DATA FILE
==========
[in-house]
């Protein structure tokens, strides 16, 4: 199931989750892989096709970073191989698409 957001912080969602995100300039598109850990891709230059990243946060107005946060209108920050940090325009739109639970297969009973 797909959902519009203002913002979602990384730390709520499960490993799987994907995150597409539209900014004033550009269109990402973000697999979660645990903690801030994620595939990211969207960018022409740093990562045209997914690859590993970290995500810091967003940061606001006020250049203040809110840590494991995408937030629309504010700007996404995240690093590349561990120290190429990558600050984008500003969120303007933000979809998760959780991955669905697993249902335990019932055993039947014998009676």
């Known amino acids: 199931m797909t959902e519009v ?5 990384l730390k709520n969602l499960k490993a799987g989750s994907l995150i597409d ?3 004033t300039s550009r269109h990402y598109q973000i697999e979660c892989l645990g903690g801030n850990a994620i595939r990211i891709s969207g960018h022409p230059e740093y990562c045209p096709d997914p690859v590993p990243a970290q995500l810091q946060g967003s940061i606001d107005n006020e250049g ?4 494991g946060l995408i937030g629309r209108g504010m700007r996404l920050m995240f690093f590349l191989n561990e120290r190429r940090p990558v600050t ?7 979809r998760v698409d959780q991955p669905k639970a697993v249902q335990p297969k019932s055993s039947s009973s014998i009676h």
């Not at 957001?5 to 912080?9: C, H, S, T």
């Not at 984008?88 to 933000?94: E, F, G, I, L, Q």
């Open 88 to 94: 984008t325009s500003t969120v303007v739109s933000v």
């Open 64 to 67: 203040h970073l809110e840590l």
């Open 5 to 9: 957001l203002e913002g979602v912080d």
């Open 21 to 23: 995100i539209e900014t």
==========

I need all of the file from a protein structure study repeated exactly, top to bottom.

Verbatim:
[in-house]
């Protein structure tokens, strides 16, 4: 199931989750892989096709970073191989698409 957001912080969602995100300039598109850990891709230059990243946060107005946060209108920050940090325009739109639970297969009973 797909959902519009203002913002979602990384730390709520499960490993799987994907995150597409539209900014004033550009269109990402973000697999979660645990903690801030994620595939990211969207960018022409740093990562045209997914690859590993970290995500810091967003940061606001006020250049203040809110840590494991995408937030629309504010700007996404995240690093590349561990120290190429990558600050984008500003969120303007933000979809998760959780991955669905697993249902335990019932055993039947014998009676």
């Known amino acids: 199931m797909t959902e519009v ?5 990384l730390k709520n969602l499960k490993a799987g989750s994907l995150i597409d ?3 004033t300039s550009r269109h990402y598109q973000i697999e979660c892989l645990g903690g801030n850990a994620i595939r990211i891709s969207g960018h022409p230059e740093y990562c045209p096709d997914p690859v590993p990243a970290q995500l810091q946060g967003s940061i606001d107005n006020e250049g ?4 494991g946060l995408i937030g629309r209108g504010m700007r996404l920050m995240f690093f590349l191989n561990e120290r190429r940090p990558v600050t ?7 979809r998760v698409d959780q991955p669905k639970a697993v249902q335990p297969k019932s055993s039947s009973s014998i009676h």
């Not at 957001?5 to 912080?9: C, H, S, T």
């Not at 984008?88 to 933000?94: E, F, G, I, L, Q």
């Open 88 to 94: 984008t325009s500003t969120v303007v739109s933000v």
């Open 64 to 67: 203040h970073l809110e840590l």
């Open 5 to 9: 957001l203002e913002g979602v912080d």
């Open 21 to 23: 995100i539209e900014t």